The main browsers will stop using TLS 1.0 and TLS 1.1 heading to 2022

In a coordinated announcement, Microsoft, Google, Apple and Mozilla have declared that they will remove the TLS 1.0 and TLS 1.1 protocols in 2020

According to experts in digital forensics, Transport Layer Security (TLS) is a protocol that can be used to encrypt communication between a web browser and the visited site. This protocol provides an encrypted channel that allows data the user sends and receives from secure websites to be inaccessible to third parties who attempt to listen to their communications. While this type of communication channel is important for all privacy issues, it is especially important when sending private information, such as usernames, passwords, personal identifying information, and financial information.

For the past 20 years, web browsers have supported the original TLS 1.0 specification and then TLS 1.1, but browsers no longer use them. Instead, browsers are using the safest and most optimized specifications for TLS 1.2 and TLS 1.3. These new specifications not only include security improvements, but also support new protocols such as the HTTP/2 network protocol, which can increase web browsing speed.

More than 94% of the sites surveyed by a digital forensics firm stated that they are already compatible with TLS 1.2, so it has been agreed to remove the 20-year-old protocol in favor of the newer mechanisms, which have better support and can provide a safer way to browse.

In addition, the statistics provided by Chrome, Safari, Edge and Firefox show that most users no longer use these protocols:

  • Google claims that only 0.5% of the HTTPS connections made by Chrome use TLS 1.0 or TLS 1.1
  • Apple reports that on its platforms, less than 0.36% of the HTTPS connections made by Safari use TLS 1.0 or TLS 1.1
  • Microsoft reports that only 0.72% of the secure connections made by Edge use TLS 1.0 or 1.1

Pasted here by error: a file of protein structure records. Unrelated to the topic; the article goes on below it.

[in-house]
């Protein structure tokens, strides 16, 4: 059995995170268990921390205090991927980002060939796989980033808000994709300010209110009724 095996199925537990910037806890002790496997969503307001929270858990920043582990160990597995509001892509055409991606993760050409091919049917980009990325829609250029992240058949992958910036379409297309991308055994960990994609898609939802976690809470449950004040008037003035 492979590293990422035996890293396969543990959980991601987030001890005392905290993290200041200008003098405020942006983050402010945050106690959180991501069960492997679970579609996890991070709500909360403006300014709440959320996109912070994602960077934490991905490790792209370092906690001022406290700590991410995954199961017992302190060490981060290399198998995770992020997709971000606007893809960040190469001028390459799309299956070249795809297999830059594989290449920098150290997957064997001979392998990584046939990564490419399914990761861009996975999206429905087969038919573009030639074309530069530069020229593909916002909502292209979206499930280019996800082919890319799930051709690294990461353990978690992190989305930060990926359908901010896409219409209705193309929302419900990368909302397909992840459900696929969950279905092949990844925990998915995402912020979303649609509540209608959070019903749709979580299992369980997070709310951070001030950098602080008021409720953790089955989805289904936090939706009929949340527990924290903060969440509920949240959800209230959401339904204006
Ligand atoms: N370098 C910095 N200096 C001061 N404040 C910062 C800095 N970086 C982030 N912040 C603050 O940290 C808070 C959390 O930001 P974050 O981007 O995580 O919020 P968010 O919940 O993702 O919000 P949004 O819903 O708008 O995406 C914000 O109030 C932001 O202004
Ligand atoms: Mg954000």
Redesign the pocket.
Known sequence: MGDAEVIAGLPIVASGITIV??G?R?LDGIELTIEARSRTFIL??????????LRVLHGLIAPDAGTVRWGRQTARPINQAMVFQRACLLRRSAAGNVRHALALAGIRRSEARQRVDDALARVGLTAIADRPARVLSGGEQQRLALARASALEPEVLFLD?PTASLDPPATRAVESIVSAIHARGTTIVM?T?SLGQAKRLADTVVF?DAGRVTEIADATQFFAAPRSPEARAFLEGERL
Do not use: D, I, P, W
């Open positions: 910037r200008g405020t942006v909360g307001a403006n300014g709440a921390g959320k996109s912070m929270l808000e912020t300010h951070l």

• On the other hand, Firefox has the most connections, using TLS 1.0 or 1.1 up to 1.2%, but it is still a very small amount

Each company has its own plans to remove obsolete protocols.

  • Google plans to stop using TLS 1.0 and TLS 1.1 in Chrome 72, where developers will see warnings in the development tools. These protocols will be completely disabled from Chrome 81
  • Mozilla will disable Firefox support for TLS 1.0 and TLS 1.1 in March 2020. Users of the Beta, Developer and Nightly versions of Firefox will see these changes before
  • Microsoft claims to disable support for TLS 1.0 and 1.1 in Edge and Internet Explorer 11 in the first half of 2020
  • Apple has stated that they will eliminate support for these protocols on iOS and macOS as of March 2020

For Windows users who want to know if these changes can affect them, digital forensics specialists from the International Institute of Cyber Security report that they can check this by disabling the current protocols. Using the Windows Internet Options Control Panel, you can disable TLS 1.0 and 1.1 and see if it causes any problems with the sites you frequent. You can follow the following procedure:

  • In the search field of the Start menu, type Internet options and click when the result is displayed
  • When Internet options are opened, click Advanced
  • Look for options using TLS 1.0 and use TLS 1.1 in the Security section. Then uncheck each of these options
  • Press Apply and then OK to save the changes

You can now browse the internet normally using Edge or Internet Explorer to determine if these changes had any effect on the sites you visit.